Evaluation of Samoa’s National Salt Strategy: What interventions can be successfully replicated in lower-income countries?

Trieu K et al conducted a process evaluation of a national salt reduction strategy implemented in Samoa, investigating the reach, dose/adoption, fidelity, cost and context of implemented programs over the course of 18 months.

The strategy consisted of awareness campaigns, community mobilization and policy and environmental changes. Data for the process evaluation was routinely collected throughout, with a quantitative survey and stakeholder interviews conducted post-intervention.

Findings suggest that moderate reach and fidelity was gained by the awareness campaigns, school nutrition standards and community mobilization, however, key challenges that reduced the dose of the intervention were the cost of the campaigns and a lack of engagement opportunities with community leaders.  Time was also a limiting factor, with 18 months considered insufficient to engage industry to voluntarily reduce salt in foods.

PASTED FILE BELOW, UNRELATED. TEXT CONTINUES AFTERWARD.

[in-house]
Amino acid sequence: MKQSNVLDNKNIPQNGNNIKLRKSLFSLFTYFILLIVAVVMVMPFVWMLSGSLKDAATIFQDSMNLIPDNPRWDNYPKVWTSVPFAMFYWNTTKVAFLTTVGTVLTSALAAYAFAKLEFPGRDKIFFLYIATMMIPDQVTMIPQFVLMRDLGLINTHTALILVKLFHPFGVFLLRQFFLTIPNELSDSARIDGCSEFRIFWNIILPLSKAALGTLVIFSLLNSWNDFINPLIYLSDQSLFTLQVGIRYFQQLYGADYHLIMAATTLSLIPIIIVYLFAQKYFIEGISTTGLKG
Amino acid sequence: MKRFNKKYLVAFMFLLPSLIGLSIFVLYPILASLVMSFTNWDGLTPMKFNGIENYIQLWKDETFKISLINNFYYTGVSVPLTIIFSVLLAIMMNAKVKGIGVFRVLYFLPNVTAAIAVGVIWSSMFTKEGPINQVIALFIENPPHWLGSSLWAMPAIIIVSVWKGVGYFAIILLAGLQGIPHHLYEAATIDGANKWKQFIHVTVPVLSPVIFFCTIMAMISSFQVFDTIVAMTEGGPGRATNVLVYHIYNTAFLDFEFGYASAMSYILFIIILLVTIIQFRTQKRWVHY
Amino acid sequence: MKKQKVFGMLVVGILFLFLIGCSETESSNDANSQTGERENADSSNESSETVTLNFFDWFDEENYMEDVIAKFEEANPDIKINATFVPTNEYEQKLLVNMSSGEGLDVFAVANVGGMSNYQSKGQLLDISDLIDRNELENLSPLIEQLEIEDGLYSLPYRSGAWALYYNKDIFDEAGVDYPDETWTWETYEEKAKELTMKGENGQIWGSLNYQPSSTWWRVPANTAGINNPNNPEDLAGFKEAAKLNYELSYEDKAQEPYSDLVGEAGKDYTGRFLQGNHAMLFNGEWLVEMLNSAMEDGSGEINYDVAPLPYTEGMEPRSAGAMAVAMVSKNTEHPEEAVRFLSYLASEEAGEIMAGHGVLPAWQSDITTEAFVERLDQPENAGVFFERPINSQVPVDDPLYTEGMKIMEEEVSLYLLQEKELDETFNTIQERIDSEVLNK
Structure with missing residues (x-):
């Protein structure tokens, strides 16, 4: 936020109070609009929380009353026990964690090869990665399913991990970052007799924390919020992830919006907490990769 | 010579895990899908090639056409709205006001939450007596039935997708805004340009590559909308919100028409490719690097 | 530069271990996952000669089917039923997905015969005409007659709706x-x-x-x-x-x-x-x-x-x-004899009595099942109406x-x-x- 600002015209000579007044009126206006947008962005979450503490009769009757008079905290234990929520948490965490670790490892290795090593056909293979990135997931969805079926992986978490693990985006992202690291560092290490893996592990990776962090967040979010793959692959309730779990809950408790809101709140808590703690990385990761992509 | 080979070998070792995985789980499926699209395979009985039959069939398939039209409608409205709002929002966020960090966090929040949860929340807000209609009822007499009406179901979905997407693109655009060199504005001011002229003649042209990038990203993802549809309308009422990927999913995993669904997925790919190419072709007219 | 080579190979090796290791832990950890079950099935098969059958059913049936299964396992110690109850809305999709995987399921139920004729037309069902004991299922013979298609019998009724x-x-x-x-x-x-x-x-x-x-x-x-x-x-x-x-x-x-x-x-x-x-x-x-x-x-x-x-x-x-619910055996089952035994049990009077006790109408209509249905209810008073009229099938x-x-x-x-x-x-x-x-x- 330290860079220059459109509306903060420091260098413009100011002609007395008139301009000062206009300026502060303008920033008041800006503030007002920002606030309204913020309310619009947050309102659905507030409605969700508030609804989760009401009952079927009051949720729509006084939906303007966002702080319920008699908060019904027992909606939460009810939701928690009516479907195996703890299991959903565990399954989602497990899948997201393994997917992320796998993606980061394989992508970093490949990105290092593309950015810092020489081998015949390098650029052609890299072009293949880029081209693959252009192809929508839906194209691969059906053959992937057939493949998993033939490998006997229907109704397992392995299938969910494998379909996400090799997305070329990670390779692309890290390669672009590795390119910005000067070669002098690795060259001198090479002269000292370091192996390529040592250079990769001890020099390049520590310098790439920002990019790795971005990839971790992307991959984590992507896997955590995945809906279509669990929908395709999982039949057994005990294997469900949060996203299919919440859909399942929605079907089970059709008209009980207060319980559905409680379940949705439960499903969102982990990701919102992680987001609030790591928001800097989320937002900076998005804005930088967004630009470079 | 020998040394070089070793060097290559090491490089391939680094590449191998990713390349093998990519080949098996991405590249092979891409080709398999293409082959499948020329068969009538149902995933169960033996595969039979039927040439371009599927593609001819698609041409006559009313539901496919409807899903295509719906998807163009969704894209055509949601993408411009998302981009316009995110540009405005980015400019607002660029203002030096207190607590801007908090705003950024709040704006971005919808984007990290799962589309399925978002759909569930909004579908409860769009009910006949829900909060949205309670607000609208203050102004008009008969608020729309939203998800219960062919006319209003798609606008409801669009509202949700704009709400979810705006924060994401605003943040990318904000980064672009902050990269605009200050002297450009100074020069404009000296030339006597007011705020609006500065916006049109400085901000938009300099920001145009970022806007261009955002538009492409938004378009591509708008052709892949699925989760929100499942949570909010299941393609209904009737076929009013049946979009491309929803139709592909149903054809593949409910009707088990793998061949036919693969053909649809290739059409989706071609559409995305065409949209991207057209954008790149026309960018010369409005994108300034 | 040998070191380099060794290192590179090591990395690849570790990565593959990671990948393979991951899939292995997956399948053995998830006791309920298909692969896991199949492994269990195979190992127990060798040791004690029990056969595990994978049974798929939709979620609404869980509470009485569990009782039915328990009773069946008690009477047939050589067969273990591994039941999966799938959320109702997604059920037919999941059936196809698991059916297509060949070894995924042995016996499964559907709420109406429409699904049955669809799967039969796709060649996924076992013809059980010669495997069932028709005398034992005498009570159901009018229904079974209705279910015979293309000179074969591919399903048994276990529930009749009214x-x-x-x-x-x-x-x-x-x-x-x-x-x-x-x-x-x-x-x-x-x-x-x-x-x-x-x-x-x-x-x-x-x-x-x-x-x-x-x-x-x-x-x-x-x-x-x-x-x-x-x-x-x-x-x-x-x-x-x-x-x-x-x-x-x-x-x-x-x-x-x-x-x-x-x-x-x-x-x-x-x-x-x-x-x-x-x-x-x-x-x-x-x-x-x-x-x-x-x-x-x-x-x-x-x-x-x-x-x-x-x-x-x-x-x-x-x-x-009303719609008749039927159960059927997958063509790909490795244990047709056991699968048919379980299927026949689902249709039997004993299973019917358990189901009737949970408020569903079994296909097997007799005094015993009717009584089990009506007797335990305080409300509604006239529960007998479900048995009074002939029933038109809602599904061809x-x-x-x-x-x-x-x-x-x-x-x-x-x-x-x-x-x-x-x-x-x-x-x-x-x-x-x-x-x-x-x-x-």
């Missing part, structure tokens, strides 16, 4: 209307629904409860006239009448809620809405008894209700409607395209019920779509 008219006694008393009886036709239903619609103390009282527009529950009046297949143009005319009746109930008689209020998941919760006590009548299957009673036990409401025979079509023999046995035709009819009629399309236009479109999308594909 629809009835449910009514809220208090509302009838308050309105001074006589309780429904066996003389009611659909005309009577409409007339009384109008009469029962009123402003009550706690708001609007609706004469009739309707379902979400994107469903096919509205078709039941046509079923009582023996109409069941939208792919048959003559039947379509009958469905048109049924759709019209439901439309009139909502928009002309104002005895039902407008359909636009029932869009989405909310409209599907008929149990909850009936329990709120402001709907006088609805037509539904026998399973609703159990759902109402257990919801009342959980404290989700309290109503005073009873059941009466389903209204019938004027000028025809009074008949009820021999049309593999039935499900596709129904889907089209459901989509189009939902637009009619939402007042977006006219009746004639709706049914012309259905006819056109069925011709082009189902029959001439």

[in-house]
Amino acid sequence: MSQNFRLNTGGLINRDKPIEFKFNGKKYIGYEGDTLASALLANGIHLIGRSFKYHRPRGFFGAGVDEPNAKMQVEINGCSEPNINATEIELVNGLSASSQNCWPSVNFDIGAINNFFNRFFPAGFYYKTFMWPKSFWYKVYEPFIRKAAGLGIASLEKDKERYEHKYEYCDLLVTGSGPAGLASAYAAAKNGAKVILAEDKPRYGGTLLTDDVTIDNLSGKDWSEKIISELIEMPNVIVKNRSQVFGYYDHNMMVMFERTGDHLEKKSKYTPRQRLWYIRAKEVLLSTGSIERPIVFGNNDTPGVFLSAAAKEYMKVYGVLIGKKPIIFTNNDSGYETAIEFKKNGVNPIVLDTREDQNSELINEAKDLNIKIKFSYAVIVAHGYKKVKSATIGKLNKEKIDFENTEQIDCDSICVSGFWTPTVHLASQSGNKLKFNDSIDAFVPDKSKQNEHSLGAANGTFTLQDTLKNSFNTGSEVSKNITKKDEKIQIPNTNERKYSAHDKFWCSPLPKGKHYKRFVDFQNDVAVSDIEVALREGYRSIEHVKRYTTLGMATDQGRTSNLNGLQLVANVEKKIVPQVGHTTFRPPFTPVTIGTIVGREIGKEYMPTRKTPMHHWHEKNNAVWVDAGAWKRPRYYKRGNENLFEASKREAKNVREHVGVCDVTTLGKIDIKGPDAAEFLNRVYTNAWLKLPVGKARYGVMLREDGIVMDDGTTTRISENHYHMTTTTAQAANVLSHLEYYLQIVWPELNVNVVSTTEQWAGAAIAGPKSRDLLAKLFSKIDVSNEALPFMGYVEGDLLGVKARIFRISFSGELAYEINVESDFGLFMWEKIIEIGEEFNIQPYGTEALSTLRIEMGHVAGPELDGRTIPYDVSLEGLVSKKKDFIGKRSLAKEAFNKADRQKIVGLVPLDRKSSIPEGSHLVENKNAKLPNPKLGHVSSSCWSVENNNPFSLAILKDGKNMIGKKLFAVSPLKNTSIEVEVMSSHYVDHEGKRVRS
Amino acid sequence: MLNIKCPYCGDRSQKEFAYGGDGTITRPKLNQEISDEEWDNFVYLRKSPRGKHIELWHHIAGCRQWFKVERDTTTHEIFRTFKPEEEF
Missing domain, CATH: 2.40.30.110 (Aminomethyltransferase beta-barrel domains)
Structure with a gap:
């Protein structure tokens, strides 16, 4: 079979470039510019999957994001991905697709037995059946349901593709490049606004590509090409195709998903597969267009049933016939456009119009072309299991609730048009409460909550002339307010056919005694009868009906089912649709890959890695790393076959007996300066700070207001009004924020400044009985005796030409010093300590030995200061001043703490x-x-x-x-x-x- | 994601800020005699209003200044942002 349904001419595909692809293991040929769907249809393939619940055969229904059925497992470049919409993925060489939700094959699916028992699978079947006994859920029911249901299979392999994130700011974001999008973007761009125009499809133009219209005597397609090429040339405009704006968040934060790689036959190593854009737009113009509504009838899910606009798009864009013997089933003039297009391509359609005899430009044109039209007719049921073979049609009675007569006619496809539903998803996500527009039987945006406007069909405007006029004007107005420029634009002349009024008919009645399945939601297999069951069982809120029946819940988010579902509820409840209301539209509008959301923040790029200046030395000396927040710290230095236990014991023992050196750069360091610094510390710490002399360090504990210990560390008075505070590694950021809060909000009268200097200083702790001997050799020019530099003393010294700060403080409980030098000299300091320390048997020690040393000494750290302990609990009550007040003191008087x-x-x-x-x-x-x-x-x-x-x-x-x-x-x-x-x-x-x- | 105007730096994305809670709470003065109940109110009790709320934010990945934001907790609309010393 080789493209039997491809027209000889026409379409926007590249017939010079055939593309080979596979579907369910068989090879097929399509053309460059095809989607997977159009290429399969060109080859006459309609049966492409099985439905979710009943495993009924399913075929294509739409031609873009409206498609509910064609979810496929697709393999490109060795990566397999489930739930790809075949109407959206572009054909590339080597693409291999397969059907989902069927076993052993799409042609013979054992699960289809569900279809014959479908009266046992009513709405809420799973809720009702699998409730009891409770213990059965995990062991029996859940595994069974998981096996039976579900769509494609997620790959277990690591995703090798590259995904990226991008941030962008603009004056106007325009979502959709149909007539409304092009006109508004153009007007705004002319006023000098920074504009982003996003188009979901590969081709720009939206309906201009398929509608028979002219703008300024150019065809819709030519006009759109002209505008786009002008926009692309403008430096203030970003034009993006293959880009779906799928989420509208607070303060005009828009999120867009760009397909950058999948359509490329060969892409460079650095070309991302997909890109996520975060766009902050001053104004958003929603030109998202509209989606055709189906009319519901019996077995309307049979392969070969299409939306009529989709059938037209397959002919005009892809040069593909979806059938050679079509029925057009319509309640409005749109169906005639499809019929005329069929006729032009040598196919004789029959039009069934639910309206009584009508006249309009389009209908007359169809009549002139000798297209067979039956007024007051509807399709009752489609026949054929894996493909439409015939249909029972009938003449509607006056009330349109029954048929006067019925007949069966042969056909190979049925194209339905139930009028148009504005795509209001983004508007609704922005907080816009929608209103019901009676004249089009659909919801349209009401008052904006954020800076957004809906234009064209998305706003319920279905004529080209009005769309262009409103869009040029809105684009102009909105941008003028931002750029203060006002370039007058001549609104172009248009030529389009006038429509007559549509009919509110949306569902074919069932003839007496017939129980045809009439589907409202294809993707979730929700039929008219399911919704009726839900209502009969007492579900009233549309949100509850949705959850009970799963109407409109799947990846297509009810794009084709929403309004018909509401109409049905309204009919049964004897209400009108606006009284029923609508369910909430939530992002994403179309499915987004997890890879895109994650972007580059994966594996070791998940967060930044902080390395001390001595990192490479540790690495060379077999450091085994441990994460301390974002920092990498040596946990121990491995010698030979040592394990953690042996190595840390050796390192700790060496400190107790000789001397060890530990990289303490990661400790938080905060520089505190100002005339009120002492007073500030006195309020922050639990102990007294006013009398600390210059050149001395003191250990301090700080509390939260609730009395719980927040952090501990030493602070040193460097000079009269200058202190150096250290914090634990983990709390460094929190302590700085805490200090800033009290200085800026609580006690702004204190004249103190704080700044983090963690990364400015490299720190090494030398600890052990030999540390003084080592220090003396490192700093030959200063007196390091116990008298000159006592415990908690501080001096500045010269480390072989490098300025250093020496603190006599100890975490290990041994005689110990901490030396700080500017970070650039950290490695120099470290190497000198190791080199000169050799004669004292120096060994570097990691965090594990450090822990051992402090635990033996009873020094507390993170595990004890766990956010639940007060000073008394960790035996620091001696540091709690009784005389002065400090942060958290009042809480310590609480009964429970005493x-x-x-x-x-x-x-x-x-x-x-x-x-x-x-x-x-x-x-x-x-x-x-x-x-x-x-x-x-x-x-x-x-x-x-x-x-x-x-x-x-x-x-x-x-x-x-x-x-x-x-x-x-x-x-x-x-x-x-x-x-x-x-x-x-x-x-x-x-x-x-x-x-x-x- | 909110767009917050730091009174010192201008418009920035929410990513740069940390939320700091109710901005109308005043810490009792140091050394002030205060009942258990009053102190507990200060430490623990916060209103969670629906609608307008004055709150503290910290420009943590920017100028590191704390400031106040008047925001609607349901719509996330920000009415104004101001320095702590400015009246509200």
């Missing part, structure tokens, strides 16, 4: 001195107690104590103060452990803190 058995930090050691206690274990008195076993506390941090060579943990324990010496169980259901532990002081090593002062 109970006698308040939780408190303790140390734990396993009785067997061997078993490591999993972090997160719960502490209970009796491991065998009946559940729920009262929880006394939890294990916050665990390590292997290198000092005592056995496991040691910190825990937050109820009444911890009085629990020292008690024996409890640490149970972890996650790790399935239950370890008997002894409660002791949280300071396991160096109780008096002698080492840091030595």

These findings lead authors to conclude that “Future strategies in LMICs (low-to-middle income countries) should comprise of individual and environmental-level interventions that account for contextual influences on food choices,” and suggested linking to existing programs to minimise cost.

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